COVID-19 tests were in such short supply during the winter’s Omicron surge that most infections—affecting up to three out of four Americans by some estimates—went entirely undiagnosed. Now, with abundant rapid tests and another looming wave of cases, we may soon confront a different problem: Large numbers of infections will be missed in the coming months because these tests are so widespread.
America’s COVID-detection program has entered a novel phase. Thanks to the entrance of new over-the-counter diagnostic manufacturers and the federal government’s promise to send up to eight tests to every home, a COVID diagnosis is, at this point, far more likely to be obtained through self-swabbing than through lab-based PCR techniques. One of more than a dozen companies, iHealth, is producing 300 million rapid antigen devices per month, while all the country’s labs put together have maxed out at conducting just 2.5 million tests a day. Because rapid results are rarely reported to public-health agencies, that means our early-warning system may now be somewhat less sensitive than it was before. More important, these tests’ ubiquity could bring a wave of false-negative results in tandem with the next wave of illness—and thus a wave of missed opportunities for treatment.
A sense that rapid tests might not be entirely reliable emerged during the Omicron outbreak, when Americans were just getting used to running their own makeshift personal laboratories. Asking millions of citizens to perform self-tests for the first time in the midst of the winter’s sudden, unprecedented viral tsunami turned out to be unintentionally cruel. Consumers sought out help from social media, where misinformation is rampant. Many people felt confusion and regret when their home devices missed cases, putting their friends and family at risk. The need to explain away these false negatives became almost existential. Experts composed tortuous Twitter threads taking readers through the developing science. People wondered whether rapid tests no longer worked against the Omicron variant. Speculation arose that additional throat sampling was needed on top of standard nasal swabbing, and media outlets gave instructions on how to do so—in open defiance of the FDA.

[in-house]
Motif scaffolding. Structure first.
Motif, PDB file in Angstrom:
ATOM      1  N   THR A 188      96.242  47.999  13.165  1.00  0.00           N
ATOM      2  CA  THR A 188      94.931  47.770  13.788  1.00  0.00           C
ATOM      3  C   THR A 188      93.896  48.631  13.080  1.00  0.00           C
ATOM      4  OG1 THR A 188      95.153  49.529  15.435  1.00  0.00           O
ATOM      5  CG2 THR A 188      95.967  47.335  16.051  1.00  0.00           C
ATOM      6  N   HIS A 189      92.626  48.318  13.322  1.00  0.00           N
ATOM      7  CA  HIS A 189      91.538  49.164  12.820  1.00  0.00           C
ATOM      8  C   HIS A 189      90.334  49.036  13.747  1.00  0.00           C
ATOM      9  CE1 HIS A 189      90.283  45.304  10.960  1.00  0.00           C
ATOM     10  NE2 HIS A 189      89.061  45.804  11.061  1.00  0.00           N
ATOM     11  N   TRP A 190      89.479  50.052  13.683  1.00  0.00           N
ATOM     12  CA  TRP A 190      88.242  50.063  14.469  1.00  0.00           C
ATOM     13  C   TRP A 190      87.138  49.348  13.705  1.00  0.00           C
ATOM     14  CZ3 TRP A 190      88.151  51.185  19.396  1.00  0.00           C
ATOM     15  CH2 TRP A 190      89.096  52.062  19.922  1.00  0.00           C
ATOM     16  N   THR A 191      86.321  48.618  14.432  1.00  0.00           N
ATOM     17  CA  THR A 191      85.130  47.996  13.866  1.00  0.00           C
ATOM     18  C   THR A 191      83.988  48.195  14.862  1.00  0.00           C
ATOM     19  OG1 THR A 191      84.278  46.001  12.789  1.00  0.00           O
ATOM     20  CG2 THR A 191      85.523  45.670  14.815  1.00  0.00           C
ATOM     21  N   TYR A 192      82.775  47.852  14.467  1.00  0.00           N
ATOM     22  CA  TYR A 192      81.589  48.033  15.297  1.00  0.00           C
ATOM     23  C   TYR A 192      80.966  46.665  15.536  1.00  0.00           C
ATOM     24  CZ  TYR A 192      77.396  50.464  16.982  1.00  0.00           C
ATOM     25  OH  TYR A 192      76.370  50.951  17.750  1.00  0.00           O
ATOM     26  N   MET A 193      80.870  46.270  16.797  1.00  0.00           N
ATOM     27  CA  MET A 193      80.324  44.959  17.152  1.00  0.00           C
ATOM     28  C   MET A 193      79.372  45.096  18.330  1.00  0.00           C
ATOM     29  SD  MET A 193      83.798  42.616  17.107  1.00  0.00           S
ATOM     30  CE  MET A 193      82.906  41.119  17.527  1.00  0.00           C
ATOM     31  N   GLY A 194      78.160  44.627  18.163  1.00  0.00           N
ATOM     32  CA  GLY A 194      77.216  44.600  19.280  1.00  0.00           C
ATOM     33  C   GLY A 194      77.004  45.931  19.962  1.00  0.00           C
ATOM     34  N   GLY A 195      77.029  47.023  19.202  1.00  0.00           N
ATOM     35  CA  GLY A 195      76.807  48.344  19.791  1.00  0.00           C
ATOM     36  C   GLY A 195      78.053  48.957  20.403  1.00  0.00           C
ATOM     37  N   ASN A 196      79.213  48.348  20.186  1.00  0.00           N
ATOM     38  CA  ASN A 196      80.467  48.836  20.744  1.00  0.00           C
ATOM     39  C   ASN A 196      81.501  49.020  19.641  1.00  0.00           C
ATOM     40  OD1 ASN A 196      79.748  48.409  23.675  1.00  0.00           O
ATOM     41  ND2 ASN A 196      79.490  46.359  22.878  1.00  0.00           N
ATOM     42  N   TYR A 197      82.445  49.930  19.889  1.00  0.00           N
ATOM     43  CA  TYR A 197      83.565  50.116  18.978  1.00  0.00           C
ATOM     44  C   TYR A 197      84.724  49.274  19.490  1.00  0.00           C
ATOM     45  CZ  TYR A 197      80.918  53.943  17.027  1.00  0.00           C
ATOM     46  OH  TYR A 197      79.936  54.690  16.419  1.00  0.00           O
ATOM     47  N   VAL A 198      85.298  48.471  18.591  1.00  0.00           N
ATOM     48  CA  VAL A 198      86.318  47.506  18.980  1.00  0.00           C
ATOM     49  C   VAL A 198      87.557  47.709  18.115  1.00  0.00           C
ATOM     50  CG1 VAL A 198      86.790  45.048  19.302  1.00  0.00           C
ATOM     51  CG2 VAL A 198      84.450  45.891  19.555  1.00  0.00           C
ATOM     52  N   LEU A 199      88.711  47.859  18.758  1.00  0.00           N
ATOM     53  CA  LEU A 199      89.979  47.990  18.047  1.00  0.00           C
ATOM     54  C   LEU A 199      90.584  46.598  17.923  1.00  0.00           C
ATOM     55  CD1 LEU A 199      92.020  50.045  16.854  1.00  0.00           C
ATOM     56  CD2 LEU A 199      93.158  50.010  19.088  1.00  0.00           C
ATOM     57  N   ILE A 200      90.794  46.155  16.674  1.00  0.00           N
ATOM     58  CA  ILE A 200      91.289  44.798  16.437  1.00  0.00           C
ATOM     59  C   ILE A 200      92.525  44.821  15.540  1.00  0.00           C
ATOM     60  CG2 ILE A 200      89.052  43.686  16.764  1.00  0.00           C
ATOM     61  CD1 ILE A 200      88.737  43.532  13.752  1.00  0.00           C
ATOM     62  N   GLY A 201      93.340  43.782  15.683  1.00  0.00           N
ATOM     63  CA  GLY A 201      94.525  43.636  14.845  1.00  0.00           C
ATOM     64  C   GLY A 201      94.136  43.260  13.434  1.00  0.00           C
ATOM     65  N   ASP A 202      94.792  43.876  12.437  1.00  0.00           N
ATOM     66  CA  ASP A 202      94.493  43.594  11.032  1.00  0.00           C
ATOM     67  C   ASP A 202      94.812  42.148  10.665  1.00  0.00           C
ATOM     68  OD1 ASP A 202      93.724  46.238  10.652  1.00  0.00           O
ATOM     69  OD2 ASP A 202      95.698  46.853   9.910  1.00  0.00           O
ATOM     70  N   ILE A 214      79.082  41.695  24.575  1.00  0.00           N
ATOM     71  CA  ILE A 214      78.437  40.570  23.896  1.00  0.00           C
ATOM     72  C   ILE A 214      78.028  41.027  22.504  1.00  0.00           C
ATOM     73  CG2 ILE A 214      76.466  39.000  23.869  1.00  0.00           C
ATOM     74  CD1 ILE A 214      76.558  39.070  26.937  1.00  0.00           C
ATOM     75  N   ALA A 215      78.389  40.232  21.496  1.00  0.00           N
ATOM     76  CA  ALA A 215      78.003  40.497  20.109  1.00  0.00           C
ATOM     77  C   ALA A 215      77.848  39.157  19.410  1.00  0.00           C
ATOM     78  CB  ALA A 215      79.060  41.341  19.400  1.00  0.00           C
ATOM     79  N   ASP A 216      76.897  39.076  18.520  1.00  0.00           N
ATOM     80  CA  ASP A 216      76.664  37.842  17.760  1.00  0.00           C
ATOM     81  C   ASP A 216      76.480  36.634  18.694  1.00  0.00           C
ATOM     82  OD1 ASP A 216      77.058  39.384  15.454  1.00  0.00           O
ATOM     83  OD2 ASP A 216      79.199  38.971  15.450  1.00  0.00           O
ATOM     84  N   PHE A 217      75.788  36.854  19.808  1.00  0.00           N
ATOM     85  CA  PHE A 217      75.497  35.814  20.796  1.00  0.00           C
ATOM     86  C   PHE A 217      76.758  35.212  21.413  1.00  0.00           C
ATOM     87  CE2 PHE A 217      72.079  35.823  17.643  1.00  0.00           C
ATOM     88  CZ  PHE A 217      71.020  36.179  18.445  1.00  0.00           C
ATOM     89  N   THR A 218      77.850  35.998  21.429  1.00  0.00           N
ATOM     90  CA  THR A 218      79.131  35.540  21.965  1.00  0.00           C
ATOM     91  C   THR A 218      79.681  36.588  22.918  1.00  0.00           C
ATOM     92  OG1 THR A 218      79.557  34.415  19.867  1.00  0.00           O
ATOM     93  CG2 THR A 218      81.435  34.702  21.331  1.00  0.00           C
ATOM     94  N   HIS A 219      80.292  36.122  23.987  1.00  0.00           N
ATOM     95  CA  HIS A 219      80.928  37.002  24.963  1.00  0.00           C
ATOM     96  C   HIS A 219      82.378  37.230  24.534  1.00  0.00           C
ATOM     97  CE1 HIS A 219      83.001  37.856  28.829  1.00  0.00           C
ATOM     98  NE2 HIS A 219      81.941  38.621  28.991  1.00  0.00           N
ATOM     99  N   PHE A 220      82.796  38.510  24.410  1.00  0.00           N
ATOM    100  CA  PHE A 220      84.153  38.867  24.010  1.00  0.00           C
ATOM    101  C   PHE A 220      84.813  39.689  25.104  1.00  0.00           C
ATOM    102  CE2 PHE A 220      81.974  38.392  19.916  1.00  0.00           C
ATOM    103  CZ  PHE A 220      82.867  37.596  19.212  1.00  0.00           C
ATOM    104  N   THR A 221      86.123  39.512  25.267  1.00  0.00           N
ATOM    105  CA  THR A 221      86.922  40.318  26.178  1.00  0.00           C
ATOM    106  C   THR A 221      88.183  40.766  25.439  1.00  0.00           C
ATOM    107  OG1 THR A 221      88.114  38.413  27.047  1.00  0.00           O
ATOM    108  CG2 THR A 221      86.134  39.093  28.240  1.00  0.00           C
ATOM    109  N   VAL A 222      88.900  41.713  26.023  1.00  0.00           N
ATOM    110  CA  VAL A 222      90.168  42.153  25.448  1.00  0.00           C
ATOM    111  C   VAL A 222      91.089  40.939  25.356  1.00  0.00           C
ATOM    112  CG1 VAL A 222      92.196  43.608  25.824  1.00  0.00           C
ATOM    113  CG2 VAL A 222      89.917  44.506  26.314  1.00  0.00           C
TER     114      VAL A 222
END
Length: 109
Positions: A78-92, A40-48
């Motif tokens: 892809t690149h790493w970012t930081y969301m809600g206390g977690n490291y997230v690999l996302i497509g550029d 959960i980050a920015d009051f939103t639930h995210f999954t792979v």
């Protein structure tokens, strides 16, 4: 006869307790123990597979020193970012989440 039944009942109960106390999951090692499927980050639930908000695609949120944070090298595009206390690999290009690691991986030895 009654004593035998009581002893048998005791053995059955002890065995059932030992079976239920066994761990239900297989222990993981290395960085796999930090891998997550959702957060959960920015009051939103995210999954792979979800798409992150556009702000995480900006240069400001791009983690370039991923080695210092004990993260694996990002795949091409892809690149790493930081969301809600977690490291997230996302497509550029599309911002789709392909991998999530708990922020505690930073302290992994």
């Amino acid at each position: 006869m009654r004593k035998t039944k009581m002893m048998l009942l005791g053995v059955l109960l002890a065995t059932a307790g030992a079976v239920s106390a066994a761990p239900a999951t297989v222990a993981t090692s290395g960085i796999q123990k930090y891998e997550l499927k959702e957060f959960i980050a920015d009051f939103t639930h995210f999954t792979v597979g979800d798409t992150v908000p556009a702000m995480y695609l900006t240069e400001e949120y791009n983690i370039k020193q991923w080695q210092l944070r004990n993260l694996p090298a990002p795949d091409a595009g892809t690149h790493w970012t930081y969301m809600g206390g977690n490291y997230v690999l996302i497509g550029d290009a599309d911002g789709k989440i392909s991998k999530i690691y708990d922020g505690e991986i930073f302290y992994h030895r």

[Read: Families are going rogue with rapid tests]
The dust has now settled, and the answer as to why so many tests came up short is relatively straightforward: Many people received false-negative antigen results because this technology has always been likely to produce false negatives. Rapid tests are known to miss about 30 to 40 percent of infections compared with the gold-standard PCR method (which already isn’t perfect), even when patients are feeling sick; self-swabbing is also less accurate than professionally obtained samples. Meanwhile, multiple studies have confirmed that the current crop of rapid tests can indeed pick up the Omicron variant, and experiments with throat swabbing suggest that the technique might help a bit but isn’t a game changer. In other words, incorrect COVID-test results became more common during the Omicron surge only because COVID home testing itself became more common. Now both will be more common still.